DNR defends deer count at workshop

Editor’s note: This is the first of a two-part series on how
the DNR determines harvest estimates and deer population
trends.

By Marty Kovarik Correspondent

Marquette, Mich. — The DNR and the Natural Resources Commission
held a joint deer workshop and listening session recently to
address concerns that Upper Peninsula deer hunters have about the
status of the white-tailed deer population.

During the workshop, presentations were given in an effort to
better explain the way the department arrives at deer population
trends and harvest estimates. Subjects included hunter harvest
surveys, mandatory deer checks, western U.P. deer herd indicators,
and the sex, age, kill estimator. Following the workshop, hunters
voiced their concerns to three members of the NRC.

According to Bill Moritz, DNR Wildlife Division chief, the
workshop was being conducted to improve communication between the
department and hunters in both directions and to explain the
monitoring methods and how the DNR arrives at population
estimates.

The workshop was conducted due to a recent deer management
meeting in Marquette where hunters picketed and were particularly
vocal while voicing concerns about the condition of the western
U.P. deer herd.

“After the last meeting in Marquette, the predominant issue was
to improve relations between hunters and the department,” said NRC
commissioner John Madigan, of Munising. “It’s important that people
understand how we are deriving these numbers and that they are not
just picked out of the air.”

Brent Rudolph, DNR research specialist in Lansing, began by
pointing out the long history of mail surveys used to determine
harvest and hunter effort in Michigan since 1952. These surveys
have undergone several different formal and independent evaluations
to determine their accuracy and to compare them with other various
check systems, according to Rudolph.

A harvest survey is done annually for each species, and opinion
surveys are conducted randomly to evaluate public views. For the
deer harvest survey, people are selected from the list of hunters
who purchased an archery, firearms, or combo deer license. In 2004,
52,357 surveys were mailed out to poll approximately 7 percent of
the state’s 755,930 deer hunters that year. Although only about
half the hunters respond typically to the first mailing, after
additional mailings between 70 and 85 percent eventually
respond.

In addition, to reduce the bias created by the fact that
successful hunters respond more frequently than non-successful
hunters, incentives are used. Respondents are entered in a prize
drawing that has increased the non-successful hunter response.

Rudolph uses as an example the ability to determine elections
through a small sampling of voters. To poll every voter or every
hunter would not result in additional information, but would cost
substantially more, he said.

As evidence that hunter surveys and mandatory registration
provide similar data, Rudolph cites methods for tracking bear
harvest. Since 1995 the DNR has conducted both mandatory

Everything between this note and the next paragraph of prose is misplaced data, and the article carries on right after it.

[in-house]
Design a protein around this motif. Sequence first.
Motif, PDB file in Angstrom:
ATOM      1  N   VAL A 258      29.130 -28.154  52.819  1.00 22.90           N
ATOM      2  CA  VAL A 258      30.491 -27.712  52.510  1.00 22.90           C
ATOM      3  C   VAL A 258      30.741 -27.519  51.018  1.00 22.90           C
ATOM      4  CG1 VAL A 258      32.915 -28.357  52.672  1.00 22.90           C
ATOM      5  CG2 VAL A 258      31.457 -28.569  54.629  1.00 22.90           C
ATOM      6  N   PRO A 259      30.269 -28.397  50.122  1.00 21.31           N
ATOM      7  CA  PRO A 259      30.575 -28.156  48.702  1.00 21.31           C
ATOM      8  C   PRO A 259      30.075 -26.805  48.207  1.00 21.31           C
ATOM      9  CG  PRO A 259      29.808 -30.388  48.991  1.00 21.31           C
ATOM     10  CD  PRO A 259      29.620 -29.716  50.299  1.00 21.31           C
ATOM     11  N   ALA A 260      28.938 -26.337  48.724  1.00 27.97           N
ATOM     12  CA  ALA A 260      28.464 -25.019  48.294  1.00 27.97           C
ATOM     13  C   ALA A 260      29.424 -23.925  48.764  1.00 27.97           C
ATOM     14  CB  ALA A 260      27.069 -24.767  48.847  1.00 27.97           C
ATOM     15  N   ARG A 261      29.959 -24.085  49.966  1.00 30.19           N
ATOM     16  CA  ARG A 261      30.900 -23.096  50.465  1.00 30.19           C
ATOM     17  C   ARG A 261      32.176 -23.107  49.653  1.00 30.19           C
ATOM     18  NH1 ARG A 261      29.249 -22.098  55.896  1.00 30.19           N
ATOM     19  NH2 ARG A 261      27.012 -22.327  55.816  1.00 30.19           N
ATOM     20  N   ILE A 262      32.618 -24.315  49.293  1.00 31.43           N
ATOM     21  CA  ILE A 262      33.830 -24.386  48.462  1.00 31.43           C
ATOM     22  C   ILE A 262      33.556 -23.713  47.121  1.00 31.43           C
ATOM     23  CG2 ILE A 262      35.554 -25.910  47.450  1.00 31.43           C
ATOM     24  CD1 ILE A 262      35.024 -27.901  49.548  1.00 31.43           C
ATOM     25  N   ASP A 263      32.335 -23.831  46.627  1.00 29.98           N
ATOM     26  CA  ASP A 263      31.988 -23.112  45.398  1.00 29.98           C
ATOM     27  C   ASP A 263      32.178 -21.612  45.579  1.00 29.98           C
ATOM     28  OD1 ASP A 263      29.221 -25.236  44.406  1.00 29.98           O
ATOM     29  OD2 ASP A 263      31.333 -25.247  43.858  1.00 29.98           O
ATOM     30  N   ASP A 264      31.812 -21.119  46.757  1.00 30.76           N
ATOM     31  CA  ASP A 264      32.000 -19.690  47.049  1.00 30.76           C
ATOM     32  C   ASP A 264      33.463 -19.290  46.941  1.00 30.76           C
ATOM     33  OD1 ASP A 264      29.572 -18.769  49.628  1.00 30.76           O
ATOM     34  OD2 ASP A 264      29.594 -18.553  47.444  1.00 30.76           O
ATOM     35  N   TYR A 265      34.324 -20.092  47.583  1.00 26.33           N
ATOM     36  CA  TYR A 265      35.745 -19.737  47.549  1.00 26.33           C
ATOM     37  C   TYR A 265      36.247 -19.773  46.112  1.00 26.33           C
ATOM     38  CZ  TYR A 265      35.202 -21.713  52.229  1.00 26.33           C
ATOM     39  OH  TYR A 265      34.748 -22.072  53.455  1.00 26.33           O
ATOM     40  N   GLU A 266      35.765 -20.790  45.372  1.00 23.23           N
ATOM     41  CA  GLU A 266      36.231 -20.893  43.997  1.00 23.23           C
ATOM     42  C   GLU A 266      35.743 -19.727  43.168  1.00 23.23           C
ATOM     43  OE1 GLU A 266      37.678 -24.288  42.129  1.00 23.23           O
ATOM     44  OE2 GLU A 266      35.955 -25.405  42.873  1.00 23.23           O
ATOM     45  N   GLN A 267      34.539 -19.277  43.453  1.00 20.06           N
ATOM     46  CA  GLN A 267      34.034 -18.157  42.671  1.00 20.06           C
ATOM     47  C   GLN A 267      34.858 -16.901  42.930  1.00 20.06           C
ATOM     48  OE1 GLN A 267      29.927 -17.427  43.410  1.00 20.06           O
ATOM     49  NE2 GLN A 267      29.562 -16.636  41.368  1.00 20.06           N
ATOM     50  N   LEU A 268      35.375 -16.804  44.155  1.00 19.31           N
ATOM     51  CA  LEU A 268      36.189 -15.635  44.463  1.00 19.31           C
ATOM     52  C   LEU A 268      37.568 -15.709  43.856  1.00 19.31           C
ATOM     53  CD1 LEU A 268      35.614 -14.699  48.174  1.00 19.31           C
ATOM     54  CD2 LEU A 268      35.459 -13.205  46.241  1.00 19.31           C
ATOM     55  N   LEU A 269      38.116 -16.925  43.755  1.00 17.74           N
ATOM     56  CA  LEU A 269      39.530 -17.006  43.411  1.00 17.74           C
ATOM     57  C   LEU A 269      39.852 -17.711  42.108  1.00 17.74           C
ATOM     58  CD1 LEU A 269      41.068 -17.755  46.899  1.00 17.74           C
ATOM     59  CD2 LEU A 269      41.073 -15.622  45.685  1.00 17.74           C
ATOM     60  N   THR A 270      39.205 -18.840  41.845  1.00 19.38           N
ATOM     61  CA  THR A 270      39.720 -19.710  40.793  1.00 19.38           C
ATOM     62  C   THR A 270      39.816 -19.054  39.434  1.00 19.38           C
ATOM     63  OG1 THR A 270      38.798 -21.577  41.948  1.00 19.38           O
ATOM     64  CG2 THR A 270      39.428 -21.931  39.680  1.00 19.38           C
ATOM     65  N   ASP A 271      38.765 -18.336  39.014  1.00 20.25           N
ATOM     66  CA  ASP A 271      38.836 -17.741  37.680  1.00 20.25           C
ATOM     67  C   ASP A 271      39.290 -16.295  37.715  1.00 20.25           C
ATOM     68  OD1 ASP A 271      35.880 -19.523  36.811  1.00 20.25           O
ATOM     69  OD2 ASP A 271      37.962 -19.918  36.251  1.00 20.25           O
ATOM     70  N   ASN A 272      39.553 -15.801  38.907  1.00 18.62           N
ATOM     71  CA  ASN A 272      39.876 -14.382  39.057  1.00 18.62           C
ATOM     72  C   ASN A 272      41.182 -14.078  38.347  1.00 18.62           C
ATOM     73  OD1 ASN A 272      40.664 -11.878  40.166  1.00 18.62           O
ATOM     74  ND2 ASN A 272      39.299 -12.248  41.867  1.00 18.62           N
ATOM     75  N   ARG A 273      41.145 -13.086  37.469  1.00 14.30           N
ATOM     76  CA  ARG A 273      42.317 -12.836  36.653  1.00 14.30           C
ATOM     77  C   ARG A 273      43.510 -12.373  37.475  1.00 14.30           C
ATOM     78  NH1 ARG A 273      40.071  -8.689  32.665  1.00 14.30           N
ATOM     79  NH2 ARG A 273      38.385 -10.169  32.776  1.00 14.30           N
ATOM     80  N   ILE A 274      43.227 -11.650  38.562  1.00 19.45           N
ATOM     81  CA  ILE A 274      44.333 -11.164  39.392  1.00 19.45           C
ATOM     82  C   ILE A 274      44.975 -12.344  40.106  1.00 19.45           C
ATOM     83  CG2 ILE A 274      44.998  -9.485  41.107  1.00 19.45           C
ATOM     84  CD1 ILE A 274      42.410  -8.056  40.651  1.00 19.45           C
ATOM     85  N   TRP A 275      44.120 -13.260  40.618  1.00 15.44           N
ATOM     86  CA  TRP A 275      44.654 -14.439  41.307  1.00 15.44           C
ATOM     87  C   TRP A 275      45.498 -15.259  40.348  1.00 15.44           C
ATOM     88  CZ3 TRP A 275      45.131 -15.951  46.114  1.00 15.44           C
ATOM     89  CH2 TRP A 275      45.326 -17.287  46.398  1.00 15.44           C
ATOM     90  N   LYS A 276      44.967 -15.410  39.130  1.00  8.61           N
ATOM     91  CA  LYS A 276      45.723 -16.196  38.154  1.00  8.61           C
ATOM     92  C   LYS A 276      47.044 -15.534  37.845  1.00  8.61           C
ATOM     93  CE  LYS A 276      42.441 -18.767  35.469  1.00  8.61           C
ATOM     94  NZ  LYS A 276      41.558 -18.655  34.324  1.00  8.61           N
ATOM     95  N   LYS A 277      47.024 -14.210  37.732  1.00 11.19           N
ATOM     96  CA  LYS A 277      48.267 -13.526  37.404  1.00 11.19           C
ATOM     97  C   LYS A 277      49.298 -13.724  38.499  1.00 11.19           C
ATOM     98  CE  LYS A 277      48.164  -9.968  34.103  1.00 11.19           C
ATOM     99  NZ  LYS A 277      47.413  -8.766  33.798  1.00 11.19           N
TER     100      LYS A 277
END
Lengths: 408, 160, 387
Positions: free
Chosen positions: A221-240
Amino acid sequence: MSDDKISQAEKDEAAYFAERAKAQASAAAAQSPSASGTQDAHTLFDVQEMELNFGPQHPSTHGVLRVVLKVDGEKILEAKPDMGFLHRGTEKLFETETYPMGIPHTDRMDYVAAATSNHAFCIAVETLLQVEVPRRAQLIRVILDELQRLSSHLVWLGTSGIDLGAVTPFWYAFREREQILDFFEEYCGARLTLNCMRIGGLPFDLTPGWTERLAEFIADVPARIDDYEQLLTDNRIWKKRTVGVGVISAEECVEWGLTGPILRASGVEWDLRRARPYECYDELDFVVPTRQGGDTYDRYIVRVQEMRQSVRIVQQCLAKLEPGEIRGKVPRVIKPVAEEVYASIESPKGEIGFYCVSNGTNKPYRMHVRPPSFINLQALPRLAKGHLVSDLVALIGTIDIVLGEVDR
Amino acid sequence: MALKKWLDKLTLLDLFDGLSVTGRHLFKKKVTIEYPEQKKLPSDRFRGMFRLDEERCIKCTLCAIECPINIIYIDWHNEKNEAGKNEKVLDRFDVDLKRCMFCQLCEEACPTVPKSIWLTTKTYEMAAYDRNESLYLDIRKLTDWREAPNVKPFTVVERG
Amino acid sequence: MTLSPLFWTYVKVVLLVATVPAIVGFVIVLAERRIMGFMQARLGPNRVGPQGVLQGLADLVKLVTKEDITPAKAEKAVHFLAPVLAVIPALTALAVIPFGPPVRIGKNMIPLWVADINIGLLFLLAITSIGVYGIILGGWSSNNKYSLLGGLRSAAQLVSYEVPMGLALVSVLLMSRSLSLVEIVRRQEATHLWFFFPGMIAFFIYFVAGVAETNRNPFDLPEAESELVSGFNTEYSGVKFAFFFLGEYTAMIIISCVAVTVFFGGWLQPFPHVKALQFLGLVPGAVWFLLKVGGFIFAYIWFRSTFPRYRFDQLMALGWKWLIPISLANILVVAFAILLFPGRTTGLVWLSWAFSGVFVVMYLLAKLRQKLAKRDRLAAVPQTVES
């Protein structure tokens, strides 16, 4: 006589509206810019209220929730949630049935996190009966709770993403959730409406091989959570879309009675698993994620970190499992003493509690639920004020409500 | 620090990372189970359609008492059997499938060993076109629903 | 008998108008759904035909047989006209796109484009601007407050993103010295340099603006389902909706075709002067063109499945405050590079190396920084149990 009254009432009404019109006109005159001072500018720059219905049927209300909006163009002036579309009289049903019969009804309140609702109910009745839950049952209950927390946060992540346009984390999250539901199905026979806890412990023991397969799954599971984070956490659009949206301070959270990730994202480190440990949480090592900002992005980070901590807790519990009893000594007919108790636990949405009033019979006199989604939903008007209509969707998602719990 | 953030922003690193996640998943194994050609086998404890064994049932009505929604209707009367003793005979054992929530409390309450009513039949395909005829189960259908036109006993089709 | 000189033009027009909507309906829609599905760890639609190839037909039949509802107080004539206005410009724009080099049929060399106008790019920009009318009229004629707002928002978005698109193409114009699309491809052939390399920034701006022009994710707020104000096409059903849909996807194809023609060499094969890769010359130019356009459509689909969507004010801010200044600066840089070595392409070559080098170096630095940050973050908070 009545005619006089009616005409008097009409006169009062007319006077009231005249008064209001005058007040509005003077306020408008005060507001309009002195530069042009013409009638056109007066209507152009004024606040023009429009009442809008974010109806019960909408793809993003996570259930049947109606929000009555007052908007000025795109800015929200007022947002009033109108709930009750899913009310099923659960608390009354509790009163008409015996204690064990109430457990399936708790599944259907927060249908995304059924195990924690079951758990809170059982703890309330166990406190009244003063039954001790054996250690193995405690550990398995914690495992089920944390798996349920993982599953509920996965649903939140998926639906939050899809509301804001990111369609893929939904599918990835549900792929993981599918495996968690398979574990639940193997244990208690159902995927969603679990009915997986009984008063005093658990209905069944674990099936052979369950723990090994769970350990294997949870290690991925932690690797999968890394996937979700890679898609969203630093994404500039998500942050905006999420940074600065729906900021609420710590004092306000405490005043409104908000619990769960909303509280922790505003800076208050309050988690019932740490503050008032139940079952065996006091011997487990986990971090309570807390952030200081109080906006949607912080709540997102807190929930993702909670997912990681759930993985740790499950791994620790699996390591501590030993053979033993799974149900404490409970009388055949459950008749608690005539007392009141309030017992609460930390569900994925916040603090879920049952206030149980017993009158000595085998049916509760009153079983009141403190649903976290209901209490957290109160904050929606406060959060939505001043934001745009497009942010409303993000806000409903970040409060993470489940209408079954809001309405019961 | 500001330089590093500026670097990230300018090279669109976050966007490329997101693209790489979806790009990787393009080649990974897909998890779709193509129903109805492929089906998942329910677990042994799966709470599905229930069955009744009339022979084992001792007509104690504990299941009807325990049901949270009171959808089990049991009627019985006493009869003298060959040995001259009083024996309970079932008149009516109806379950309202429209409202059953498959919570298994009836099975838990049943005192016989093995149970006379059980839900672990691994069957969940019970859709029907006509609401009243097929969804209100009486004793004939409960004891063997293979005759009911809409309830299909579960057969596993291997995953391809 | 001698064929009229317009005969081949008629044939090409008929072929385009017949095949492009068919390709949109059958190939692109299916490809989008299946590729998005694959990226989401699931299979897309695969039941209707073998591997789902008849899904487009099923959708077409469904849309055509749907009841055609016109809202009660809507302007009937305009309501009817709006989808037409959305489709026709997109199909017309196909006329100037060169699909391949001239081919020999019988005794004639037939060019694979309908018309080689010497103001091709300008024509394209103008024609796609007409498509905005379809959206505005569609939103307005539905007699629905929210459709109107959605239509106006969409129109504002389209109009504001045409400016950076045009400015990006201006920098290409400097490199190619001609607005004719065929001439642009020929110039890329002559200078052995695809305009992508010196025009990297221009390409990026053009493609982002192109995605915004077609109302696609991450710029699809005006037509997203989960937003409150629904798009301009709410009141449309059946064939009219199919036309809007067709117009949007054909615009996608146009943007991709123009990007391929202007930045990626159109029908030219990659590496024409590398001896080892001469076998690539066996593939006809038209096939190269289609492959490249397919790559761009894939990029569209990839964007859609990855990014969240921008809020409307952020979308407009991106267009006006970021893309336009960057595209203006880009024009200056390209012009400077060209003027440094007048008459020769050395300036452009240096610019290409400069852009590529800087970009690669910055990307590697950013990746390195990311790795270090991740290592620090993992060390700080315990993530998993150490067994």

registration and a harvest survey to evaluate bear hunter success.
From 1995 through 2005, the results from these two methods of
tracking bear harvest virtually mirror each other.

“These two surveys track each other very closely,” Rudolph said.
“We are very pleased with the reliability of our harvest
information.”

Rudolph adds that with these surveys the DNR not only gets
information on harvest but hunter effort from both successful and
non-successful hunters, something mandatory registration would not
provide.

Rod Clute, the DNR’s big game specialist, followed Rudolph with
a presentation comparing the methods used for determining
Michigan’s harvest estimates with several other Great Lakes
states.

Currently, Pennsylvania has a mandatory postcard registration;
however, supplemental checks of approximately 28,000 deer at meat
processors showed that less than 40 percent of those deer were
registered by hunters. This means that Pennsylvania has an
estimated 60 percent non-compliance rate of its mandatory
registration system.

In contrast, Missouri had an estimated 65 percent compliance
rate after it replaced its old mandatory check system with a
telephone registration. When switched to a tel-a-check system,
hunters began reporting 20 percent more deer.

“Even with mandatory registration, these states’ harvest figures
are based on a bias because they know they are not getting
100-percent compliance,” Clute said. “So just as with Michigan,
their harvest figures are truly estimated.”

Wisconsin and Ohio both have a form of mandatory registration
and they report only the numbers that are registered. Although it
varies from area to area across the state, Ohio estimates a 70 to
90 percent compliance rate.

“In these states it is still an estimate because they don’t know
exactly how many more deer were harvested than they are reporting,”
said Clute.

According to Clute, of eight Great Lakes states, not one uses
the exact same method for determining deer harvest figures, and
each method – even though some may require mandatory registration –
is only an estimate. However, there is one common link to each
state’s harvest estimates: Just like in Michigan, these harvest
figures are used to determine population estimates and management
goals.

Michigan’s system has proved to have a small margin of error of
2 percent.

The DNR is holding a similar deer workshop beginning at 9:30
a.m., Saturday, May 13, in University Ballroom D at the Holiday Inn
in Big Rapids, located at 1005 Perry Street. This will only be a
deer workshop and will not include and NRC listening session.

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